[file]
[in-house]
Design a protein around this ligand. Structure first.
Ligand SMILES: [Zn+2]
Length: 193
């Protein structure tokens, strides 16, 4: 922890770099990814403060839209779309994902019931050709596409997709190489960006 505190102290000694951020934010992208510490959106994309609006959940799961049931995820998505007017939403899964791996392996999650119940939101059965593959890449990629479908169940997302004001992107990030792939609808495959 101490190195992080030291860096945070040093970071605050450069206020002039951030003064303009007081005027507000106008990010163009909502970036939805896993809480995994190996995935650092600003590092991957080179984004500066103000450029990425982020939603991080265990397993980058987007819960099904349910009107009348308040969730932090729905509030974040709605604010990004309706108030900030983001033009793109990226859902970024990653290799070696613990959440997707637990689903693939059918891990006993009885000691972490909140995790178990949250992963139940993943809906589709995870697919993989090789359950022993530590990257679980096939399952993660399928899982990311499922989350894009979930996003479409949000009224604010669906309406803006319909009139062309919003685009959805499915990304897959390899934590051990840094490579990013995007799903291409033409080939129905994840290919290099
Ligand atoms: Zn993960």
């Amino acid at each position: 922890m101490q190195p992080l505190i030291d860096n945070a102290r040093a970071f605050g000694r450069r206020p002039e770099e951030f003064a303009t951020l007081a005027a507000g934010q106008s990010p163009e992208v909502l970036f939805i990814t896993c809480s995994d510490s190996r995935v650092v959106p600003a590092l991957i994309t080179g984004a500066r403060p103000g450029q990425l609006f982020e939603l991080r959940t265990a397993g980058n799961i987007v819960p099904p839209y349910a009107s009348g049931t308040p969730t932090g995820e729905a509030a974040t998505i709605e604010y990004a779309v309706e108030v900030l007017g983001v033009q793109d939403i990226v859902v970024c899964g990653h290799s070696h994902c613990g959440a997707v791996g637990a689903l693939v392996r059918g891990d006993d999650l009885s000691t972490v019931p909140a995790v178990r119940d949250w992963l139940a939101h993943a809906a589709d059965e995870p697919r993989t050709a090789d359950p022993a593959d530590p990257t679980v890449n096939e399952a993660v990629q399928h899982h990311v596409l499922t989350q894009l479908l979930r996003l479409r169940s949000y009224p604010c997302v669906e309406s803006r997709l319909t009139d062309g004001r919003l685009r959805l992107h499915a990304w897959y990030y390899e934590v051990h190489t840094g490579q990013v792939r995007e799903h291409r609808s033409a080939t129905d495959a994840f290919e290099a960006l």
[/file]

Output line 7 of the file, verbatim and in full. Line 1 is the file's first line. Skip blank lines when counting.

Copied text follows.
């Amino acid at each position: 922890m101490q190195p992080l505190i030291d860096n945070a102290r040093a970071f605050g000694r450069r206020p002039e770099e951030f003064a303009t951020l007081a005027a507000g934010q106008s990010p163009e992208v909502l970036f939805i990814t896993c809480s995994d510490s190996r995935v650092v959106p600003a590092l991957i994309t080179g984004a500066r403060p103000g450029q990425l609006f982020e939603l991080r959940t265990a397993g980058n799961i987007v819960p099904p839209y349910a009107s009348g049931t308040p969730t932090g995820e729905a509030a974040t998505i709605e604010y990004a779309v309706e108030v900030l007017g983001v033009q793109d939403i990226v859902v970024c899964g990653h290799s070696h994902c613990g959440a997707v791996g637990a689903l693939v392996r059918g891990d006993d999650l009885s000691t972490v019931p909140a995790v178990r119940d949250w992963l139940a939101h993943a809906a589709d059965e995870p697919r993989t050709a090789d359950p022993a593959d530590p990257t679980v890449n096939e399952a993660v990629q399928h899982h990311v596409l499922t989350q894009l479908l979930r996003l479409r169940s949000y009224p604010c997302v669906e309406s803006r997709l319909t009139d062309g004001r919003l685009r959805l992107h499915a990304w897959y990030y390899e934590v051990h190489t840094g490579q990013v792939r995007e799903h291409r609808s033409a080939t129905d495959a994840f290919e290099a960006l």